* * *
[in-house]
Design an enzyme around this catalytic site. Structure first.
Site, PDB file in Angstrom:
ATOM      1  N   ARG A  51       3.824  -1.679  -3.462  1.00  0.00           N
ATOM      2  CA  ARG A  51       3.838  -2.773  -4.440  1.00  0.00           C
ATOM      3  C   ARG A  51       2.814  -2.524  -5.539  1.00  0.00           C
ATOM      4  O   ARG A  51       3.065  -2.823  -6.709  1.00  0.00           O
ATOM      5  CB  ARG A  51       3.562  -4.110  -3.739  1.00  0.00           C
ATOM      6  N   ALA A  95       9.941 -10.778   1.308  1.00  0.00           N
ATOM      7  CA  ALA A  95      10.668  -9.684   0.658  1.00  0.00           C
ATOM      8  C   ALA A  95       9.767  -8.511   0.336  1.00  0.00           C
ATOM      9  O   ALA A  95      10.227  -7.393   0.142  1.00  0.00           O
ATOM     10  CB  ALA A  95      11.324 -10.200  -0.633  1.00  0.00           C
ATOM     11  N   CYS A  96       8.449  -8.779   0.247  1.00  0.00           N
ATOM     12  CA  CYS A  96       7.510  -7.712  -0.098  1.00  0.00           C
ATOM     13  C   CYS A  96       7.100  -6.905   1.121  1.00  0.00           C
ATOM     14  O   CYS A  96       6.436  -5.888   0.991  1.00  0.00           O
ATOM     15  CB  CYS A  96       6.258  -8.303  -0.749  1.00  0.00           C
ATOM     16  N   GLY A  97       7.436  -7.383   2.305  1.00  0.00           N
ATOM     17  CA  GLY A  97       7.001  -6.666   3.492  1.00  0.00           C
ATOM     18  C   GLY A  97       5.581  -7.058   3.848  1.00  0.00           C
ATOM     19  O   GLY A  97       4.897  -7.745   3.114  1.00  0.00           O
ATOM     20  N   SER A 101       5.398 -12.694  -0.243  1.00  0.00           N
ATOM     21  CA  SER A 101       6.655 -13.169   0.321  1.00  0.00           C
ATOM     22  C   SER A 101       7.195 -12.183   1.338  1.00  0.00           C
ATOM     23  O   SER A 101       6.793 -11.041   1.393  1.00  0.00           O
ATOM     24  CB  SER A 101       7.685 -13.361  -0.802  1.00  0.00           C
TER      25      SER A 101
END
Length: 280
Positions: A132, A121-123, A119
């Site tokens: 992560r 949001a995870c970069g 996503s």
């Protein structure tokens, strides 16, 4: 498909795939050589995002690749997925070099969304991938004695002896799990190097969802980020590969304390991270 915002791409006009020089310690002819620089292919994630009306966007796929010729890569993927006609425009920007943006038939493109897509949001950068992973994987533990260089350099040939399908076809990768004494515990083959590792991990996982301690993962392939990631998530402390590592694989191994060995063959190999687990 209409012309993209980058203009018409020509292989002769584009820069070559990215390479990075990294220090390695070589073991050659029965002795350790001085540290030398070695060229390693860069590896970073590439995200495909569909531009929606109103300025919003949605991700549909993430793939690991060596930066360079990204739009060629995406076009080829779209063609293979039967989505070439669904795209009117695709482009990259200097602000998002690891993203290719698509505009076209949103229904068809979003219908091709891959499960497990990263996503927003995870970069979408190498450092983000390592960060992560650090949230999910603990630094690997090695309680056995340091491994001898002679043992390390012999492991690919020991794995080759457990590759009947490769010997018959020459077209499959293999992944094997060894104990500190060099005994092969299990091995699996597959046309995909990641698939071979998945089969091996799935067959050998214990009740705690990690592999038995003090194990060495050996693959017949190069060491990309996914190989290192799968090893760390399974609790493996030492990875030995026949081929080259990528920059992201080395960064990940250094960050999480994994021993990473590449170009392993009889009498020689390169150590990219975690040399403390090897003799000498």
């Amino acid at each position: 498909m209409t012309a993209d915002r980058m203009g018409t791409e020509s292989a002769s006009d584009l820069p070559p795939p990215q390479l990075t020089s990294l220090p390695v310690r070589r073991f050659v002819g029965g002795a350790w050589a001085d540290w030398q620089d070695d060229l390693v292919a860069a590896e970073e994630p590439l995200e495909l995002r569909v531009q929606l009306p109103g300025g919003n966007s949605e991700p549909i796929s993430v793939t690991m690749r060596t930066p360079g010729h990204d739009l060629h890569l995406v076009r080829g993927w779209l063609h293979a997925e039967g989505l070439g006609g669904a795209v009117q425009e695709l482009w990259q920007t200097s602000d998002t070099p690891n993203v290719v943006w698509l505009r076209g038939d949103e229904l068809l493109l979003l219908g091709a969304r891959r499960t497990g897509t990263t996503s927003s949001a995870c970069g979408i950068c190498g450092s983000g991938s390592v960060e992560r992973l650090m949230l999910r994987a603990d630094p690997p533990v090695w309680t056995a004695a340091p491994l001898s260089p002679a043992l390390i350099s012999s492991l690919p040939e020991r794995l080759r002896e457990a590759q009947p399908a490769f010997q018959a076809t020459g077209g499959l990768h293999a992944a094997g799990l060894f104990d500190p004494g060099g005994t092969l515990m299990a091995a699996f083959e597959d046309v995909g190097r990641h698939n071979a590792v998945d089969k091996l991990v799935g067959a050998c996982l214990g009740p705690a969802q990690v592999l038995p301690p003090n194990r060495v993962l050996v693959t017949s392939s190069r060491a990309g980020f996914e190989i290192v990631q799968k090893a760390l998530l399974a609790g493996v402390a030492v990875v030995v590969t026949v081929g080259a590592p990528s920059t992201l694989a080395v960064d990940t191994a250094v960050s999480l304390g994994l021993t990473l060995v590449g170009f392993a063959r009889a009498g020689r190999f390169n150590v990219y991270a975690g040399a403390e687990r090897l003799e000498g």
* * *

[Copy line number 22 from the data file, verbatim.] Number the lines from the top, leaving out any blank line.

ATOM     19  O   GLY A  97       4.897  -7.745   3.114  1.00  0.00           O